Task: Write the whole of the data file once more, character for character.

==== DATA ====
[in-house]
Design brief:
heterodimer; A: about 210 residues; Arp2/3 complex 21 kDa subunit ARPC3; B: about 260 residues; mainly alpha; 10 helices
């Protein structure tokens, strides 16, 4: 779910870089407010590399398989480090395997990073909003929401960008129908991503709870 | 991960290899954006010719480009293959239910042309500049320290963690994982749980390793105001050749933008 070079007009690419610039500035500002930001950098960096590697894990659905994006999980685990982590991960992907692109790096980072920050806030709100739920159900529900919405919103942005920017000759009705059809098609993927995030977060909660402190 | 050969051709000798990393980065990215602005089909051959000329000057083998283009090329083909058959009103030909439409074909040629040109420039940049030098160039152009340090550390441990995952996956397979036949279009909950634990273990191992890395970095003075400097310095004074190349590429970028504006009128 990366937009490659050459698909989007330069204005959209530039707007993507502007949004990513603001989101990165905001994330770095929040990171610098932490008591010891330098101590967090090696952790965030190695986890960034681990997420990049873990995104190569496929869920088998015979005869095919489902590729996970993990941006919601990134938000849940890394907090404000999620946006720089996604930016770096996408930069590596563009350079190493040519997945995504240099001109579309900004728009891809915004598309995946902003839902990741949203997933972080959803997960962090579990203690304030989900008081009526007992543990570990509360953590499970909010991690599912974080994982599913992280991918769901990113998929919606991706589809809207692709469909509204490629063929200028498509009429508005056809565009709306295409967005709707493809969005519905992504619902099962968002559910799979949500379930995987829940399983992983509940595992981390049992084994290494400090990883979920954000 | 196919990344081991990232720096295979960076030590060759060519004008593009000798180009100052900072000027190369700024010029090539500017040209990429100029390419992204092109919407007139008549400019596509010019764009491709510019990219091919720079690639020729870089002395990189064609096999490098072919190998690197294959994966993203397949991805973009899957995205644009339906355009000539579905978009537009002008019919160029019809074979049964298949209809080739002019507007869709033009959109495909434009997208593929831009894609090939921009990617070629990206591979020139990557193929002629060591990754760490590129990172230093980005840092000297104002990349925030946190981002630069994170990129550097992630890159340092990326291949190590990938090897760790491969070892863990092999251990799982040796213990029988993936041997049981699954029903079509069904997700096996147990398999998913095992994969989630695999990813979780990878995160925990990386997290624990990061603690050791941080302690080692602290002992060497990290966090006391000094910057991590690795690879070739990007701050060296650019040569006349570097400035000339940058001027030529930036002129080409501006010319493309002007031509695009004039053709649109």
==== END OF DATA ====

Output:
[in-house]
Design brief:
heterodimer; A: about 210 residues; Arp2/3 complex 21 kDa subunit ARPC3; B: about 260 residues; mainly alpha; 10 helices
């Protein structure tokens, strides 16, 4: 779910870089407010590399398989480090395997990073909003929401960008129908991503709870 | 991960290899954006010719480009293959239910042309500049320290963690994982749980390793105001050749933008 070079007009690419610039500035500002930001950098960096590697894990659905994006999980685990982590991960992907692109790096980072920050806030709100739920159900529900919405919103942005920017000759009705059809098609993927995030977060909660402190 | 050969051709000798990393980065990215602005089909051959000329000057083998283009090329083909058959009103030909439409074909040629040109420039940049030098160039152009340090550390441990995952996956397979036949279009909950634990273990191992890395970095003075400097310095004074190349590429970028504006009128 990366937009490659050459698909989007330069204005959209530039707007993507502007949004990513603001989101990165905001994330770095929040990171610098932490008591010891330098101590967090090696952790965030190695986890960034681990997420990049873990995104190569496929869920088998015979005869095919489902590729996970993990941006919601990134938000849940890394907090404000999620946006720089996604930016770096996408930069590596563009350079190493040519997945995504240099001109579309900004728009891809915004598309995946902003839902990741949203997933972080959803997960962090579990203690304030989900008081009526007992543990570990509360953590499970909010991690599912974080994982599913992280991918769901990113998929919606991706589809809207692709469909509204490629063929200028498509009429508005056809565009709306295409967005709707493809969005519905992504619902099962968002559910799979949500379930995987829940399983992983509940595992981390049992084994290494400090990883979920954000 | 196919990344081991990232720096295979960076030590060759060519004008593009000798180009100052900072000027190369700024010029090539500017040209990429100029390419992204092109919407007139008549400019596509010019764009491709510019990219091919720079690639020729870089002395990189064609096999490098072919190998690197294959994966993203397949991805973009899957995205644009339906355009000539579905978009537009002008019919160029019809074979049964298949209809080739002019507007869709033009959109495909434009997208593929831009894609090939921009990617070629990206591979020139990557193929002629060591990754760490590129990172230093980005840092000297104002990349925030946190981002630069994170990129550097992630890159340092990326291949190590990938090897760790491969070892863990092999251990799982040796213990029988993936041997049981699954029903079509069904997700096996147990398999998913095992994969989630695999990813979780990878995160925990990386997290624990990061603690050791941080302690080692602290002992060497990290966090006391000094910057991590690795690879070739990007701050060296650019040569006349570097400035000339940058001027030529930036002129080409501006010319493309002007031509695009004039053709649109």